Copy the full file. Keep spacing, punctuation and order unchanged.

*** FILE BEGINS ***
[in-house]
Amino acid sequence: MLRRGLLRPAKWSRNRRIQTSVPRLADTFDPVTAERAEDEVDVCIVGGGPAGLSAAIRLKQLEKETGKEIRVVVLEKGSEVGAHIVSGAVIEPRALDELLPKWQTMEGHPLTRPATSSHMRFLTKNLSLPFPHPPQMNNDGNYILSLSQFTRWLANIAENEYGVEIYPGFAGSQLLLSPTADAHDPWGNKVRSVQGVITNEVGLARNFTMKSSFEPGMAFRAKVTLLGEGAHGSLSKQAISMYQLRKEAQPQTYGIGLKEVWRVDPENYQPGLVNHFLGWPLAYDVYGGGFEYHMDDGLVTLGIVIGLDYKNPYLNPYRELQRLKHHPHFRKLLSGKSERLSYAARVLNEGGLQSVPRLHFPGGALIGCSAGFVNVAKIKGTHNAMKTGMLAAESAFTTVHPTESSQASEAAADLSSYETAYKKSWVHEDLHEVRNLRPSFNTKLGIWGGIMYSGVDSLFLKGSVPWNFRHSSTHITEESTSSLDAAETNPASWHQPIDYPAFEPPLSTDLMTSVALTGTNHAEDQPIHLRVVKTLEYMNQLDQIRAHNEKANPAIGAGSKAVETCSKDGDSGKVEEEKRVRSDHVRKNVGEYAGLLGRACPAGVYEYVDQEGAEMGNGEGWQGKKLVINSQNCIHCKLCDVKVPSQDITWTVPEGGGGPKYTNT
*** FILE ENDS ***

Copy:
[in-house]
Amino acid sequence: MLRRGLLRPAKWSRNRRIQTSVPRLADTFDPVTAERAEDEVDVCIVGGGPAGLSAAIRLKQLEKETGKEIRVVVLEKGSEVGAHIVSGAVIEPRALDELLPKWQTMEGHPLTRPATSSHMRFLTKNLSLPFPHPPQMNNDGNYILSLSQFTRWLANIAENEYGVEIYPGFAGSQLLLSPTADAHDPWGNKVRSVQGVITNEVGLARNFTMKSSFEPGMAFRAKVTLLGEGAHGSLSKQAISMYQLRKEAQPQTYGIGLKEVWRVDPENYQPGLVNHFLGWPLAYDVYGGGFEYHMDDGLVTLGIVIGLDYKNPYLNPYRELQRLKHHPHFRKLLSGKSERLSYAARVLNEGGLQSVPRLHFPGGALIGCSAGFVNVAKIKGTHNAMKTGMLAAESAFTTVHPTESSQASEAAADLSSYETAYKKSWVHEDLHEVRNLRPSFNTKLGIWGGIMYSGVDSLFLKGSVPWNFRHSSTHITEESTSSLDAAETNPASWHQPIDYPAFEPPLSTDLMTSVALTGTNHAEDQPIHLRVVKTLEYMNQLDQIRAHNEKANPAIGAGSKAVETCSKDGDSGKVEEEKRVRSDHVRKNVGEYAGLLGRACPAGVYEYVDQEGAEMGNGEGWQGKKLVINSQNCIHCKLCDVKVPSQDITWTVPEGGGGPKYTNT